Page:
Thursday, October 10, 2013

Make your own vegetable powders


Via Facebook and Twitter, I'm still reading about folks putting up the last of their tomatoes for the winter, so I think you'll find this post quite timely.

While I do grow my own tomatoes in my garden, my yield is often not what I hope. I have also had much better luck with small, prolific tomatoes like Sungolds than with bigger, beefier tomatoes, ideal for slicing and canning.

So, like many of you, I usually turn to my local farmers when it's time to put up tomatoes for the winter.

This year, I bought half a bushel.

Now, that may not seem like much but, trust me, when you wash them and line them up on the kitchen counter, it's a lot.

And I mean A LOT.

I didn't weigh my box but a quick search shows that the standard weight for a bushel of tomatoes in the United States is 53 pounds. So I'm guessing I had about 25 pounds of tomatoes.

Instead of simply making the whole lot into sauce for the freezer, I got a little creative this year.

I turned a good portion of the tomatoes into marinated dried tomatoes, which are a winter-time staple at Casa de Ninj. Holy crap, these tomatoes are so so SO good. I use them on pizzas, and they are even better rehydrated in a cream sauce over pasta. I've posted the recipe before, so be sure to check it out.

About two-thirds ended up as a sauce base. Why a base, not a full sauce? Laziness -- whoops, I mean STEALTHINESS. I coarsely chopped the tomatoes and threw 'em in a big pot with a little water and cooked them down for about an hour. Then I immersion blended them (skins and seeds, too -- I'm not fussy) and put them into 2-cup containers in the freezer. When I decide to make pasta sauce, I just defrost as many portions as I need.

But my sauce base always needs a little oomph. I usually wind up sauteing some ground beef or turkey with onion and herbs to add to the base, along with a little tomato paste. Then I realized that I could make an even better oomph-builder: dried, powdered tomatoes.

So that's how I used my the remainder of the half bushel.

My cousin recently bought a dehydrator (come on, after all my dehydrating posts, you know you need one!) and tried her hand at making vegetable powders. She let me know how incredibly easy it was so I gave it a shot.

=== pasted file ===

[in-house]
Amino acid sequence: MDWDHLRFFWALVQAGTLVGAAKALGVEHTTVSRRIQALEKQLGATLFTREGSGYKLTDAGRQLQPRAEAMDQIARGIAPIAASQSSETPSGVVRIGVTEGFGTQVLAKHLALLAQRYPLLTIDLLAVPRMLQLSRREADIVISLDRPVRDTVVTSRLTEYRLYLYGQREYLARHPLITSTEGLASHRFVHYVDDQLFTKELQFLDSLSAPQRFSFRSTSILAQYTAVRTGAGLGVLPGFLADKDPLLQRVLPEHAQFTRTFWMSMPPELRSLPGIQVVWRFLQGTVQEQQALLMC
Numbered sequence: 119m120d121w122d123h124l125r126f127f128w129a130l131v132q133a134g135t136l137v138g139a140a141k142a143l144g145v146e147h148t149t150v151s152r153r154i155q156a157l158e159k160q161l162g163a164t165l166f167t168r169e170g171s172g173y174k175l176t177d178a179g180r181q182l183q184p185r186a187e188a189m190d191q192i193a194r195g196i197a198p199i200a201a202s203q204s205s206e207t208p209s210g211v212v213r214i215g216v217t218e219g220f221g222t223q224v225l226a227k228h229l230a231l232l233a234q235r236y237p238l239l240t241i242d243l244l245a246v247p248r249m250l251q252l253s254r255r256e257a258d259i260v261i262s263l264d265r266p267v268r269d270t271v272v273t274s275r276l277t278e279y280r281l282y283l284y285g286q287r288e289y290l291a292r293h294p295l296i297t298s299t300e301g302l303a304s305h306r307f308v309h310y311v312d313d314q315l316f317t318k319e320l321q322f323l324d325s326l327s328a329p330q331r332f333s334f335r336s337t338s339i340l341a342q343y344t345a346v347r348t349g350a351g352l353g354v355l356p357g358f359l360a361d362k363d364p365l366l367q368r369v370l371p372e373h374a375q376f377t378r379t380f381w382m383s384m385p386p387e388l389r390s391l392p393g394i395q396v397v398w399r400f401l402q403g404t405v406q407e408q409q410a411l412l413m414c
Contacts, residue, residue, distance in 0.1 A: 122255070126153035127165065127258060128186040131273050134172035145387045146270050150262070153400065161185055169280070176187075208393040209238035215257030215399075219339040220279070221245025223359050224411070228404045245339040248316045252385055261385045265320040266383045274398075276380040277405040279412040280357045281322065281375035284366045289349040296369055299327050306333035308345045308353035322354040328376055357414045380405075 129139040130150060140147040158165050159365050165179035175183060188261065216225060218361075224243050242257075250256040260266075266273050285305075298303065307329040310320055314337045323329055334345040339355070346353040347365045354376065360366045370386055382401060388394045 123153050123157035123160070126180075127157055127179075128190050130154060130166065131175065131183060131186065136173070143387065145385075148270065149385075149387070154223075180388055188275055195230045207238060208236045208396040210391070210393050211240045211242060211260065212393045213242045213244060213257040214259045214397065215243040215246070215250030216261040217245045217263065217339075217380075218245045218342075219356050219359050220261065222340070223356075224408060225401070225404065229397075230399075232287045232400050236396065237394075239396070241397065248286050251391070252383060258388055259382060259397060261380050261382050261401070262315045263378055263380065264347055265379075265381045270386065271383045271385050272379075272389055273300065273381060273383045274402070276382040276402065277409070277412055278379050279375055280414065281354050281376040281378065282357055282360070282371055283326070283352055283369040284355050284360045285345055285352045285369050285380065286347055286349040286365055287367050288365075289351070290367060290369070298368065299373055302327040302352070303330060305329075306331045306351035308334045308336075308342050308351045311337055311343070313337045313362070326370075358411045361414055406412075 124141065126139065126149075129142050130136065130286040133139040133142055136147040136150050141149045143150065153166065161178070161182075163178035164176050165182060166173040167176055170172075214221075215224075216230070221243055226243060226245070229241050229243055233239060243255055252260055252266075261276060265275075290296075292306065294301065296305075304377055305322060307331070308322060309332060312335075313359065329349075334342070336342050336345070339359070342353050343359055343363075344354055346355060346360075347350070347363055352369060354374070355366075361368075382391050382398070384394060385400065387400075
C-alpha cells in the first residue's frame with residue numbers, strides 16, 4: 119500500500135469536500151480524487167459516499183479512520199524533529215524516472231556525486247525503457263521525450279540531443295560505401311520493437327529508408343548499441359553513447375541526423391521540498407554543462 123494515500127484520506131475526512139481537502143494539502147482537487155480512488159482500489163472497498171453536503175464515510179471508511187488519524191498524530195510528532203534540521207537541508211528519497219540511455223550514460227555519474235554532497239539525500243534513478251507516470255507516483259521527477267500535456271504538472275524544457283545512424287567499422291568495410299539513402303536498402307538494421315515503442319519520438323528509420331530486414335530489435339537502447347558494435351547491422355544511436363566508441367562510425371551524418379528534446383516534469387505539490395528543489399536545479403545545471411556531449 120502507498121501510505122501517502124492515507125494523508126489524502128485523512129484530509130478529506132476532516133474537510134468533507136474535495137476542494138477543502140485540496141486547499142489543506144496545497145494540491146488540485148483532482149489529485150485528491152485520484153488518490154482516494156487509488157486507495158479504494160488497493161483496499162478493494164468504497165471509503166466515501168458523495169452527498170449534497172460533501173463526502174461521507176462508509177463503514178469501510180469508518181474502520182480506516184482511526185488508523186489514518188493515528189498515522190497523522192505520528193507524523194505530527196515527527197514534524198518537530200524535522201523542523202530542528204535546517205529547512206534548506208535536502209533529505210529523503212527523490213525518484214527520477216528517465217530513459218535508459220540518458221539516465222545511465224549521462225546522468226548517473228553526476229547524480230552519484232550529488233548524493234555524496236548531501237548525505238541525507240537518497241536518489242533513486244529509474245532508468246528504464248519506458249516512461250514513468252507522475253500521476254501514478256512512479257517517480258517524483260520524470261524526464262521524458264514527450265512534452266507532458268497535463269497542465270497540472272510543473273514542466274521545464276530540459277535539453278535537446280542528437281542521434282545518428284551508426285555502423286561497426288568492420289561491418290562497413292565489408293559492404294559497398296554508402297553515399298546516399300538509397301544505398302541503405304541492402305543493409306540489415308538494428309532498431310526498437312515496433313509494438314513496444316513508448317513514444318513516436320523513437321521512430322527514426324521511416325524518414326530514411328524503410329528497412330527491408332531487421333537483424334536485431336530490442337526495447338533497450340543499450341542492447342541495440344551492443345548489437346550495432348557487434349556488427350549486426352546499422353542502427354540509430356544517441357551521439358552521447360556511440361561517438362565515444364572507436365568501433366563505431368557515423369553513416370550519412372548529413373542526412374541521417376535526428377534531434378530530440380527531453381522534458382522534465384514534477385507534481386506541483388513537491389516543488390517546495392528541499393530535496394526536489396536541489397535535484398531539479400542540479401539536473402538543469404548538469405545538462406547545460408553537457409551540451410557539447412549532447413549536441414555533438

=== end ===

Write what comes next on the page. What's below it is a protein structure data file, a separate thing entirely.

Slice the tomatoes about 1/4-inch thick, lay them on the dehydrator trays and dry at 145 degrees until ridiculously dry and brittle (they should break like potato chips). With my Excalibur dehydrator, this took about 15 hours, so be prepared for the long haul.

Once thoroughly dried, simply pulverize the bejesus out of the tomatoes in a coffee/spice grinder (the best option) or, if you don't own a grinder, in your blender or food processor. You want to grind them enough so they turn into powder. Store them in an airtight container and add a spoonful to things like soups and sauces.

Wherever you need a little more oomph.

And then, frankly, just go crazy: you can dry all sorts of veggies this way. Spinach and kale powders would be perfect for greening up a smoothie, don't you think?

How do you use vegetable powders? Leave a comment below: The Ninj wants to know.


8 comments:

  1. What a great idea! They look so pretty though, I would almost hate to pulverize them!

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    1. Well, Pam, you could save half to put on pizza and pulverize the rest. :-)

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  2. We started doing this earlier this week with the pulp leftover from our juicer. It isn't one type of fruit or veggie by itself but we turned it into a powder using your dehydrator and our Bullet. We are storing it in a mason jar and using it in taco meat, spaghetti sauces, and smoothies.

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    1. That is a seriously great idea -- thanks for sharing!

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  3. I've been doing this for awhile with fermented veggies. I usually have some kraut or whatever leftover in jars in the bottom of the fridge. Will take everything once I have a dehydrator full and dry them at the lowest temp available (95 on my machine), to preserve the probiotics, then grind them up. Because it's been fermented in brine, it retains a lot of salt and makes a really cool, healthy seasoning.

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    1. What a great idea, Erik -- I'm going to have to give that a try!

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  4. This is probably a dumb question but do they need to be kept in a refrigerator or stored like regular spices? Have you tried this technique with other vegetables that you would recommend?

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    1. Not a dumb question at all! Just store them as you would regular spices -- no refrigeration required. You can do this with any veggie (or fruit) you like: I've made herb powders, plus I think onion powder would be SUPER handy. Or even an orange or grapefruit powder for baking!

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